Today’s Essential Reads.
A study that argues for more research into the safe disposal of chemical-laced wastewater resulting from natural gas drilling found that a patch of national forest in West Virginia suffered quick and serious loss of vegetation after it was sprayed with hydraulic fracturing fluids.
The impact of natural gas drilling and hydraulic fracturing could have a significant and debilitating impact on tourism in the southern part of New York state, according to a new study from a regional planning board there.
Acting Gov. Earl Ray Tomblin plans to unveil emergency rules today to increase oversight of the state’s natural gas industry.
A gas company that legally doused a patch of West Virginia forest with salty wastewater from a drilling operation killed ground vegetation within days and more than half the trees within two years, a new report from the U.S. Forest Service says.
BP OIL SPILL:
A year after the BP oil spill, livelihoods remain damaged, environmental impact remains uncertain and thousands of Floridians still are awaiting payment from BP.
Gov. Bobby Jindal on Monday unveiled a $533 million list of projects the state wants BP to finance out of the $1 billion the company has promised as an advance payment for restoration of damages to natural resources caused by last year’s massive oil spill.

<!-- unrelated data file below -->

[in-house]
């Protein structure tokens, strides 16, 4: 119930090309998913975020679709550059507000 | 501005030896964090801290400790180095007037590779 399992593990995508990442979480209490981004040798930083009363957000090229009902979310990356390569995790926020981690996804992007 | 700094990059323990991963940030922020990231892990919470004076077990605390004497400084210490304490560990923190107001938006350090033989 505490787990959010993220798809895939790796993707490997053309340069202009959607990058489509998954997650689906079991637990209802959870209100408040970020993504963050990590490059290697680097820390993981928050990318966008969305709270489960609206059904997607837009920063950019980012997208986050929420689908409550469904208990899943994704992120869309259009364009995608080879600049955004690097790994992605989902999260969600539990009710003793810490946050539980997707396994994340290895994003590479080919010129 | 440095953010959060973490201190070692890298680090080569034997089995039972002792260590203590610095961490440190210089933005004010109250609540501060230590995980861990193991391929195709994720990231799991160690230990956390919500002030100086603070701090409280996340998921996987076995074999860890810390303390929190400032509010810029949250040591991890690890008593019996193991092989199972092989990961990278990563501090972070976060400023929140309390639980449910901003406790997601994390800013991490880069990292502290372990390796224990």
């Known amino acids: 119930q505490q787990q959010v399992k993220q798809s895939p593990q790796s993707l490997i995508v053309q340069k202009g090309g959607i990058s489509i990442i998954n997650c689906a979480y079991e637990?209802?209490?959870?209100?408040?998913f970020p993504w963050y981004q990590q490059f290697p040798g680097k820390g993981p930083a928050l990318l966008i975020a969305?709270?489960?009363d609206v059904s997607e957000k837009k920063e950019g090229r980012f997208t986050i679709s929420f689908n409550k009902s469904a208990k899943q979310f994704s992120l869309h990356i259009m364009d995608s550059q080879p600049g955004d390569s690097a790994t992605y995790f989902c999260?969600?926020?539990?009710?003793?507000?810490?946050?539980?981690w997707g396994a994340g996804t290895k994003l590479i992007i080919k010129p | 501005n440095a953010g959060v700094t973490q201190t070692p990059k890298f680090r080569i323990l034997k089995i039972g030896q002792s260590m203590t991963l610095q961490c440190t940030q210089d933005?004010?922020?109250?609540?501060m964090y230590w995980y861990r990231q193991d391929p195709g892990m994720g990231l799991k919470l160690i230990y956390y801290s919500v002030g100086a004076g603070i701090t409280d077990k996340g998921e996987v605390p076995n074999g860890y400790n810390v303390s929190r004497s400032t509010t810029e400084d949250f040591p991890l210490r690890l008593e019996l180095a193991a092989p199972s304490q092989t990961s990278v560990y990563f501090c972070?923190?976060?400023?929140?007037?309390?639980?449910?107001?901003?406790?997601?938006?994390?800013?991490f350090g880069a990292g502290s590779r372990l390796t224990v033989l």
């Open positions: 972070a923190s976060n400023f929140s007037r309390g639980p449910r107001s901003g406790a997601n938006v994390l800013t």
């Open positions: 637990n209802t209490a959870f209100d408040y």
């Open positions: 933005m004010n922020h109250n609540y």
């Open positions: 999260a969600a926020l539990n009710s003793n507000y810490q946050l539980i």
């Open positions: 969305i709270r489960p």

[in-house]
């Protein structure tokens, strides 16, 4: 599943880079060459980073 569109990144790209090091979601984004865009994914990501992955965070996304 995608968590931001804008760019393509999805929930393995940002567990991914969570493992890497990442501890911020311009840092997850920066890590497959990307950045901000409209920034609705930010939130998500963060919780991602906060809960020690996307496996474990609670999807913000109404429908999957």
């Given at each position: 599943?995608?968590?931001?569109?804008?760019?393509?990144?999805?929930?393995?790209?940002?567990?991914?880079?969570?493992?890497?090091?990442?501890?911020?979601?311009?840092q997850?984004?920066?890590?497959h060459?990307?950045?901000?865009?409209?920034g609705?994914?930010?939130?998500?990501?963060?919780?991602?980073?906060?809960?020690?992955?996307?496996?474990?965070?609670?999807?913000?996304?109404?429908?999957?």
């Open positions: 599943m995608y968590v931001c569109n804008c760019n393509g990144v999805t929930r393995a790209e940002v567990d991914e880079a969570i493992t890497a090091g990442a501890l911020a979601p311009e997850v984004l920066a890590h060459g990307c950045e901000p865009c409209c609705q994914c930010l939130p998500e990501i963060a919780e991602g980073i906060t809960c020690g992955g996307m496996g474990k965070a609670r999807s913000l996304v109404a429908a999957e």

Although signs of progress abound, many Gulf Coast residents are still trying to come to terms with the oil spill — and they worry about the future.
Last year it was the BP oil spill in the Gulf of Mexico, and then another in China in early June and just last week, Montana suffered an oil spill, with an estimated 42,000 gallons dumping into the Yellowstone River. Jennifer Cole, director of the Environmental Studies Program at Northeastern, discusses how oil spills affect wildlife and irrigation, and emphasizes the need to reevaluate our dependence on fossil fuels.
An expert task force convened by the Nuclear Regulatory Commission called Japan’s nuclear disaster “unacceptable” and concluded that nuclear power plants in the U.S. need better protections for rare, catastrophic events.
Approved legislation requiring businesses to provide safety information about cell phone radiation to people before they purchase their phonesis a real victory for people all over the world